Intelligence is at the heart of Web 3.0, which focuses on interactions between people, websites and websites, and websites and people. Web 2.0 was more frontend-focused, Web 3.0 will emphasize the internet’s backend: improved connectivity, accessibility, and ubiquity. It is more open, fair, and empowering for individual users than Web2 could ever be. It solves the problems we face in Web2 – of security of personal data.

Blockchain is a critical component of Web 3.0. Its goal is to increase decentralization, with the ultimate goal of creating a decentralized internet. It will provide a far more personalized browsing experience for all of us.

Charles Silver in an article in The Forbes Magazine wrote:

The rise of technologies such as distributed ledgers and storage on blockchain will allow for data decentralization and create a transparent and secure environment, overtaking Web 2.0’s centralization, surveillance, and exploitative advertising. Decentralized infrastructure and application platforms will displace centralized tech giants, and individuals will be able to rightfully own their data.

Indeed, one of the most significant implications of decentralization and blockchain technology is in the area of data ownership and compensation. As we move toward Web 3.0 and the technologies that support it mature and become scalable, I believe the web will reflect its original intent.

And what does it mean for the marketers?

Web 3.0 might take some time to become mainstream; nonetheless, it will eventually change everything and disrupt your brand and industry. This means there has to be a paradigm shift in the way brands connect and engage with the consumers and a need to relook and rework the strategy and processes to readjust to the evolving landscape. Marketers will have no option but to follow up on Web 3.0 trends continuously. It is a time to learn, unlearn, and relearn.

We also need to remember that digital advertising spending worldwide – which includes desktop and laptop computers and mobile devices – stood at an estimated 400 billion U.S. dollars in 2021. This figure is forecast to constantly increase in the coming years, reaching 646 billion U.S. dollars by 2024.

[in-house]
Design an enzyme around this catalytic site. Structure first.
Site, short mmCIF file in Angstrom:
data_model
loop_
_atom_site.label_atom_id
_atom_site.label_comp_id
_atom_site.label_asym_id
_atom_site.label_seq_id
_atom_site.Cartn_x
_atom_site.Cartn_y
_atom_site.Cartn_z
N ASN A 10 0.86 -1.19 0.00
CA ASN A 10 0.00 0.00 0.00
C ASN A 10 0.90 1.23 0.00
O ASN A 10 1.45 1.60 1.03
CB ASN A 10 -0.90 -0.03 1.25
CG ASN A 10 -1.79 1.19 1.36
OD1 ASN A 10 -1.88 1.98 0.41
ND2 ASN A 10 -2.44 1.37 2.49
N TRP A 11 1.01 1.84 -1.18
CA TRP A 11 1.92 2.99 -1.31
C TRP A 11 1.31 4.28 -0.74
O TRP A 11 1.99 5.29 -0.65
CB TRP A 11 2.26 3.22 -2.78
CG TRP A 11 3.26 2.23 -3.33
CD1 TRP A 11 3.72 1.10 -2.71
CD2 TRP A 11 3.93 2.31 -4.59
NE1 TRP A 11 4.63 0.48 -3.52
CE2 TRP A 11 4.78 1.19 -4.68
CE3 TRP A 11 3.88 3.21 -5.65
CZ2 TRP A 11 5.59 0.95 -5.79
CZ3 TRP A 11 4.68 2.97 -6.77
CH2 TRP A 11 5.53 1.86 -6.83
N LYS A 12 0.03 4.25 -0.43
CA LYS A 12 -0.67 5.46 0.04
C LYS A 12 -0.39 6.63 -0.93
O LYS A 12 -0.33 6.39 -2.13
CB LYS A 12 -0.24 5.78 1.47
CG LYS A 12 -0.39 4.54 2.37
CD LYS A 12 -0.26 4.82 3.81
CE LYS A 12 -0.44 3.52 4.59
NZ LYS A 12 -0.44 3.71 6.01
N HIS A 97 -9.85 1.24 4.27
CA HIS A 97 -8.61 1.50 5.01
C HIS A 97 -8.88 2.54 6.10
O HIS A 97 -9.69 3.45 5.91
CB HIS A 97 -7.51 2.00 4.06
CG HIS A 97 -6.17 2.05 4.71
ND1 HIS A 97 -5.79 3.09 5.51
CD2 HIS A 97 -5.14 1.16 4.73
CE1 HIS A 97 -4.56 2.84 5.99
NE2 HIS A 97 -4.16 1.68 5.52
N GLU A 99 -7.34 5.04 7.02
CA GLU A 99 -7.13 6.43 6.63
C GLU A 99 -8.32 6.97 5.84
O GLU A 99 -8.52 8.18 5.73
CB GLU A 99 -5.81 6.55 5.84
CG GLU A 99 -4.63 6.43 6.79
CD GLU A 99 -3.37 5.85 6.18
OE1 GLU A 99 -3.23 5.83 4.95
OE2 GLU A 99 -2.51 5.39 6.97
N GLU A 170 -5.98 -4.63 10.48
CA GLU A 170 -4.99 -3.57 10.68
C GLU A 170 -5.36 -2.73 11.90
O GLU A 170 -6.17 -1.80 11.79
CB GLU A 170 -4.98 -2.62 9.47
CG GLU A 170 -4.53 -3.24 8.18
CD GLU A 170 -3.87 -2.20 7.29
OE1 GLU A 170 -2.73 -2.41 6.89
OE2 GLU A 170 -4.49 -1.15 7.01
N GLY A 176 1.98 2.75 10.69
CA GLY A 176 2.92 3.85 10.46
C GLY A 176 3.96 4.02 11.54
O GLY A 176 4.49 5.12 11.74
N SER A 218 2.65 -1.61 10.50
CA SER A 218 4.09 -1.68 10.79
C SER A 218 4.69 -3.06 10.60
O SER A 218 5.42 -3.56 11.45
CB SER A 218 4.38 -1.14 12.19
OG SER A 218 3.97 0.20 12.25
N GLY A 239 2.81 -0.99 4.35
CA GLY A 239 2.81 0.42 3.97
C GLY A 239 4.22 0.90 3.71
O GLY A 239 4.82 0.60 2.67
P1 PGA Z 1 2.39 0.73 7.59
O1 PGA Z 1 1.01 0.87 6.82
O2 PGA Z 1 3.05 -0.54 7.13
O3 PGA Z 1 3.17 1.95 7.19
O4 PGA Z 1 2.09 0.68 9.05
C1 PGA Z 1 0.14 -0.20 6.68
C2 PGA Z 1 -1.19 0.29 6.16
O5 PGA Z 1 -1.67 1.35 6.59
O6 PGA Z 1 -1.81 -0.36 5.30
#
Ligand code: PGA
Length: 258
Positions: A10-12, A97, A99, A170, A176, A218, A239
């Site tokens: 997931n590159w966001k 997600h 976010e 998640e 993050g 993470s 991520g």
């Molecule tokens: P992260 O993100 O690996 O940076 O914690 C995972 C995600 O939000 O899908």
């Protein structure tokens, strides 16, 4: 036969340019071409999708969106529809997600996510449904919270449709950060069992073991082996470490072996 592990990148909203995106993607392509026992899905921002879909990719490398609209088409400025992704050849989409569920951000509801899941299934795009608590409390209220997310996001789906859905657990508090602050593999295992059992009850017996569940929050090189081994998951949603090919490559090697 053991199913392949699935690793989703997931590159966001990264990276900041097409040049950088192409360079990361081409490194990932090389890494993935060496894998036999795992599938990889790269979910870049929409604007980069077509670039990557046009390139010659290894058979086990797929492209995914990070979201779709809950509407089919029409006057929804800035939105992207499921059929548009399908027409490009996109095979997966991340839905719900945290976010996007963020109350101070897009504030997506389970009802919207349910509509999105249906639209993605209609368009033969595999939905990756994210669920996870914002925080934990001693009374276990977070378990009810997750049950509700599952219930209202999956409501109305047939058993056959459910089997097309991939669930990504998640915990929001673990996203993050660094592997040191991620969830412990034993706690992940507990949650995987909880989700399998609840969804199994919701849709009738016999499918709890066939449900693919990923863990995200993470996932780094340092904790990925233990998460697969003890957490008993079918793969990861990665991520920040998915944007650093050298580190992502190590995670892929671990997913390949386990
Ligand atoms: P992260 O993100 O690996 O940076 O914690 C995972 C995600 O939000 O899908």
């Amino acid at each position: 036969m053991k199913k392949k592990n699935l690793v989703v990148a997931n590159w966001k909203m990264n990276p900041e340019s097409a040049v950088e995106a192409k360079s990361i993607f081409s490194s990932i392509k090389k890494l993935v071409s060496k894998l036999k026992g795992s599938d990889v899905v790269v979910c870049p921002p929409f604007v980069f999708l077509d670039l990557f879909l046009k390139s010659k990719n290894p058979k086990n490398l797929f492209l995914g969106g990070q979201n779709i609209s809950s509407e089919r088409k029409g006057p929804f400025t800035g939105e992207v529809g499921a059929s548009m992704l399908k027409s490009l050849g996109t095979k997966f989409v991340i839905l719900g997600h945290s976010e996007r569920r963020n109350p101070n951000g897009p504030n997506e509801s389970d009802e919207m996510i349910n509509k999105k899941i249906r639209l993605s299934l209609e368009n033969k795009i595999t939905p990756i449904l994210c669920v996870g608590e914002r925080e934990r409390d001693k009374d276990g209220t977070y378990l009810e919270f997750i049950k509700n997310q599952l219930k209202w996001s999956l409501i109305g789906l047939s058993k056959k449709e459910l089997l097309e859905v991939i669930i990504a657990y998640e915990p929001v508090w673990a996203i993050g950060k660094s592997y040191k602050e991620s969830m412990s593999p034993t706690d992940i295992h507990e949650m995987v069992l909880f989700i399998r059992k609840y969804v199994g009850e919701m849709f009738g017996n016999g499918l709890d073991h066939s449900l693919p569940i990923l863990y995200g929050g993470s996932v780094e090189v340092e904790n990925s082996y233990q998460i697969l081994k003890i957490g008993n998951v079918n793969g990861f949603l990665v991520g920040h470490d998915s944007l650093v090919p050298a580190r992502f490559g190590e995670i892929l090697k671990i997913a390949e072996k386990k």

Since the new internet is expected to offer a more personalized and tailored surfing experience, a more intelligent and more human-like search assistant, and other decentralized benefits, it is hoped that it will create a more fair web. Each user will take control of their data and enhance the overall experience through various innovations. These practices will build more genuine relationships with the customers and build partnerships that benefit everyone involved. It’s time for brands to stop thinking of customers as numbers in their database and start thinking of them as people looking for the same thing they are.

In Web 2.0 based marketing, we have lost sight of the most important benefit that advertising provides to the market: connecting brands and offers to consumers directly. Advertising as we know it has shifted to a focus on data collection rather than delivering value to consumers. As a result, data collectors have become dominating players in the industry. Web 3.0 might bring a complete transformation as we’re now seeing a global macro-movement toward consumer privacy protection.